Thursday December 10, 2009
Paul Harrison, Sky News reporter
A woman who for years has helped Irish women seek terminations in the UK has warned that the credit crunch could bring about the return of "medieval" backstreet abortions.
Ann Rossiter, herself forced into having an illegal abortion, made the claim as three woman challenged Ireland's historic laws at Strasbourg's European Court of Human Rights.
"Travelling to the UK costs money and at the moment many students and older pregnant women don't have the funds they once had," explained the author of Ireland's Hidden Diaspora: The Abortion Trail.
"In my case my health was severely damaged. It was medieval torture. A return to the days of backstreet abortions will happen as long as the law remains unchanged."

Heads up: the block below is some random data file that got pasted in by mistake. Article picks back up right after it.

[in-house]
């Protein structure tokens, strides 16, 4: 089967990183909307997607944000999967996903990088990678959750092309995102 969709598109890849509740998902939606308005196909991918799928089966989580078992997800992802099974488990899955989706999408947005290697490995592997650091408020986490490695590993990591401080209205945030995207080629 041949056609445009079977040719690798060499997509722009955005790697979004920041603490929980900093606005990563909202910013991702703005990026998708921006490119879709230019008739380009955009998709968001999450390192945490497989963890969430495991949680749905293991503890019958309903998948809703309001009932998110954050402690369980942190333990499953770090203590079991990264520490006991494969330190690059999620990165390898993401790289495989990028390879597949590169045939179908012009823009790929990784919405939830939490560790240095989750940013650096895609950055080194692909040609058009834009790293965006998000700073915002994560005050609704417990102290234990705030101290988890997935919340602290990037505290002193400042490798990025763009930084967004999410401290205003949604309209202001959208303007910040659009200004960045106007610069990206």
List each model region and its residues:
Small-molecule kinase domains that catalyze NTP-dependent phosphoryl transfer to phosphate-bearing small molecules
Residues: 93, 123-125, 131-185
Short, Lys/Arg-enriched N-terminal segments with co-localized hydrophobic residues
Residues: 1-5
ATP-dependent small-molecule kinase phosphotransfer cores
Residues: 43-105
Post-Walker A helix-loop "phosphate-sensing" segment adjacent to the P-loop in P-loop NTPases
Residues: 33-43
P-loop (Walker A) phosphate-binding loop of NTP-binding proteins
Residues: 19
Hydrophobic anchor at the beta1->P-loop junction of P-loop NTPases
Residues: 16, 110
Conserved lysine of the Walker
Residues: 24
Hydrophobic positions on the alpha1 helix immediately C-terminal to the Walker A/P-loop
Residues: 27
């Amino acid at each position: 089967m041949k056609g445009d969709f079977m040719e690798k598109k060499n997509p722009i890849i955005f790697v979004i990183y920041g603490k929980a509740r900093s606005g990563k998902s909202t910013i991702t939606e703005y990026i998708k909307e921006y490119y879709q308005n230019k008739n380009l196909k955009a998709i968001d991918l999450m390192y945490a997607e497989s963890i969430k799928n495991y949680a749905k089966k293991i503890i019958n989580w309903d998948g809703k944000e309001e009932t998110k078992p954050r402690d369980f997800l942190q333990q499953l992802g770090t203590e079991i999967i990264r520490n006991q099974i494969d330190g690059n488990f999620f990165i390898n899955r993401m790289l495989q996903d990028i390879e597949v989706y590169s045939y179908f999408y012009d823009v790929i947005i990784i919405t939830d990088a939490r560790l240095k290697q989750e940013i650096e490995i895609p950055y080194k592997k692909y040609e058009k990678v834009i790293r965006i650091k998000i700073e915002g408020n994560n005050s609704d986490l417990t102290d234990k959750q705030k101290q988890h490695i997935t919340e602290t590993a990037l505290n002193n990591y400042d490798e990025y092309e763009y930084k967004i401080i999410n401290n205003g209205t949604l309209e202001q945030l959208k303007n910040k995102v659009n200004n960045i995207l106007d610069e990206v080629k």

Since abortions became legal in Britain in 1967, 150,000 women from the Republic and Northern Ireland have made the journey to the UK.
They would stay at homes like the one now owned by Ann in London.
Abortion is illegal in Ireland
"Low-budget airlines did a lot to help those escaping draconian laws, but there was always the fear or embarrassment of seeing someone they knew at the airport," she told Sky News.
"When they arrived they'd have a bed for the night. They would be scared and we did all we could to make them comfortable. The following day they would fly home."
The need to stay in for observation after an abortion was soon abolished by the NHS, meaning women would mainly fly in and out in a single day.
"But now that money is tight many are choosing the cheaper, late-night flights, meaning that many are starting to stay overnight again."
Fearing the law is not about to change any time soon, Ann's spare bedrooms are made up and ready.
Ireland's Hidden Diaspora: The Abortion Trail and The Making of a London-Irish Underground, 1980-2000 is distributed by IASC.